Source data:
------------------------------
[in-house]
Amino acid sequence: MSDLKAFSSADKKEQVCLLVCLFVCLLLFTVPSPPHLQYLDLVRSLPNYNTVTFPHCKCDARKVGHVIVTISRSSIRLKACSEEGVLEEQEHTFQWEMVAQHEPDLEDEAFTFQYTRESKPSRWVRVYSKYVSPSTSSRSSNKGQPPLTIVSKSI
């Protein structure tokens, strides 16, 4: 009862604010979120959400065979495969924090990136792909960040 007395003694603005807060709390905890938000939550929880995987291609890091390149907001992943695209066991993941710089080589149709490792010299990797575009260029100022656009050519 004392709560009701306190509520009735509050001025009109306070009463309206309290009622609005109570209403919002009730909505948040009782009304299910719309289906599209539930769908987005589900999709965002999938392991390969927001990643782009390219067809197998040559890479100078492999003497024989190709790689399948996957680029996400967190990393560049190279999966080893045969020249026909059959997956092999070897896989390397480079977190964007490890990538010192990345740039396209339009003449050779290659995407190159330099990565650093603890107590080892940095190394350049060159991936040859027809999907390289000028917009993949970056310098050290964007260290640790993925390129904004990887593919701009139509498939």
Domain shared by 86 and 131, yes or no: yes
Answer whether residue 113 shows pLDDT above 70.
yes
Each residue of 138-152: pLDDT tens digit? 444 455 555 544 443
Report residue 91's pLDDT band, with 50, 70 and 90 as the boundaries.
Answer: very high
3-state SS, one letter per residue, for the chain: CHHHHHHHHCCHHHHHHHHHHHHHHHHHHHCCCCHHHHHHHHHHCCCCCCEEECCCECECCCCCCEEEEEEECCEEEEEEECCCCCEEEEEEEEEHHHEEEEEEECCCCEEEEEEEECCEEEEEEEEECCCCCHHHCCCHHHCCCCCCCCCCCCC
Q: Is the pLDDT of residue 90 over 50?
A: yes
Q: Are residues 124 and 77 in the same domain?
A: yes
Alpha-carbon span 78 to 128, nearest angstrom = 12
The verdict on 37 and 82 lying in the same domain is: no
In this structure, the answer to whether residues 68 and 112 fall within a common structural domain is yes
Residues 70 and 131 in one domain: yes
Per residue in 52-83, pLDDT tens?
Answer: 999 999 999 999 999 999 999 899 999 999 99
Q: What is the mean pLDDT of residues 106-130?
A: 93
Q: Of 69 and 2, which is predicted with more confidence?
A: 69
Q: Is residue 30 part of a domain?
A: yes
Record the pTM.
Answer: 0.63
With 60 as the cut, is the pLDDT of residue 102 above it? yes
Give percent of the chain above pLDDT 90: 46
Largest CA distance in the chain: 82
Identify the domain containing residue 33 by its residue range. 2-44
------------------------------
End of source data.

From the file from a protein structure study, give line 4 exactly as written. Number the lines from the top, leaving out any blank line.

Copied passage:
Domain shared by 86 and 131, yes or no: yes